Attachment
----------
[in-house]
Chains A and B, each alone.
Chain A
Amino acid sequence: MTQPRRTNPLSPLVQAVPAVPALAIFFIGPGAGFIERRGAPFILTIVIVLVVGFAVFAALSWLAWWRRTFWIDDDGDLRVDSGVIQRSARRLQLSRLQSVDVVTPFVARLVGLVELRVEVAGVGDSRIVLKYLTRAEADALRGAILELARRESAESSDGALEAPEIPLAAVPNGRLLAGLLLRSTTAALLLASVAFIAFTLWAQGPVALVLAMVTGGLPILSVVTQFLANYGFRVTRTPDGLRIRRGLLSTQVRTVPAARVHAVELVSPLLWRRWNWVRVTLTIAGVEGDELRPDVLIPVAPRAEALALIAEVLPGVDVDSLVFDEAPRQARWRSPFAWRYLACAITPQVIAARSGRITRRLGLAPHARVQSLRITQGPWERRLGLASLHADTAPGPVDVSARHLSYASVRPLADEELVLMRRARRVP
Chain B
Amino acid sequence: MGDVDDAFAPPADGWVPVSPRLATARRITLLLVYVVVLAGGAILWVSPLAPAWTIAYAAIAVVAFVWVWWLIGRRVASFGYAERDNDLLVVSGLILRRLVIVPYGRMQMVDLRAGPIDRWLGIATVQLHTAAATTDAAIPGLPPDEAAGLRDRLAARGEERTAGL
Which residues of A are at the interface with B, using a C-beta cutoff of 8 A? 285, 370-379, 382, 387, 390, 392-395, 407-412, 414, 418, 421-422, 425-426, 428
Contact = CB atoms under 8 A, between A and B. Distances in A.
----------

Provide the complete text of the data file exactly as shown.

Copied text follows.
[in-house]
Chains A and B, each alone.
Chain A
Amino acid sequence: MTQPRRTNPLSPLVQAVPAVPALAIFFIGPGAGFIERRGAPFILTIVIVLVVGFAVFAALSWLAWWRRTFWIDDDGDLRVDSGVIQRSARRLQLSRLQSVDVVTPFVARLVGLVELRVEVAGVGDSRIVLKYLTRAEADALRGAILELARRESAESSDGALEAPEIPLAAVPNGRLLAGLLLRSTTAALLLASVAFIAFTLWAQGPVALVLAMVTGGLPILSVVTQFLANYGFRVTRTPDGLRIRRGLLSTQVRTVPAARVHAVELVSPLLWRRWNWVRVTLTIAGVEGDELRPDVLIPVAPRAEALALIAEVLPGVDVDSLVFDEAPRQARWRSPFAWRYLACAITPQVIAARSGRITRRLGLAPHARVQSLRITQGPWERRLGLASLHADTAPGPVDVSARHLSYASVRPLADEELVLMRRARRVP
Chain B
Amino acid sequence: MGDVDDAFAPPADGWVPVSPRLATARRITLLLVYVVVLAGGAILWVSPLAPAWTIAYAAIAVVAFVWVWWLIGRRVASFGYAERDNDLLVVSGLILRRLVIVPYGRMQMVDLRAGPIDRWLGIATVQLHTAAATTDAAIPGLPPDEAAGLRDRLAARGEERTAGL
Which residues of A are at the interface with B, using a C-beta cutoff of 8 A? 285, 370-379, 382, 387, 390, 392-395, 407-412, 414, 418, 421-422, 425-426, 428
Contact = CB atoms under 8 A, between A and B. Distances in A.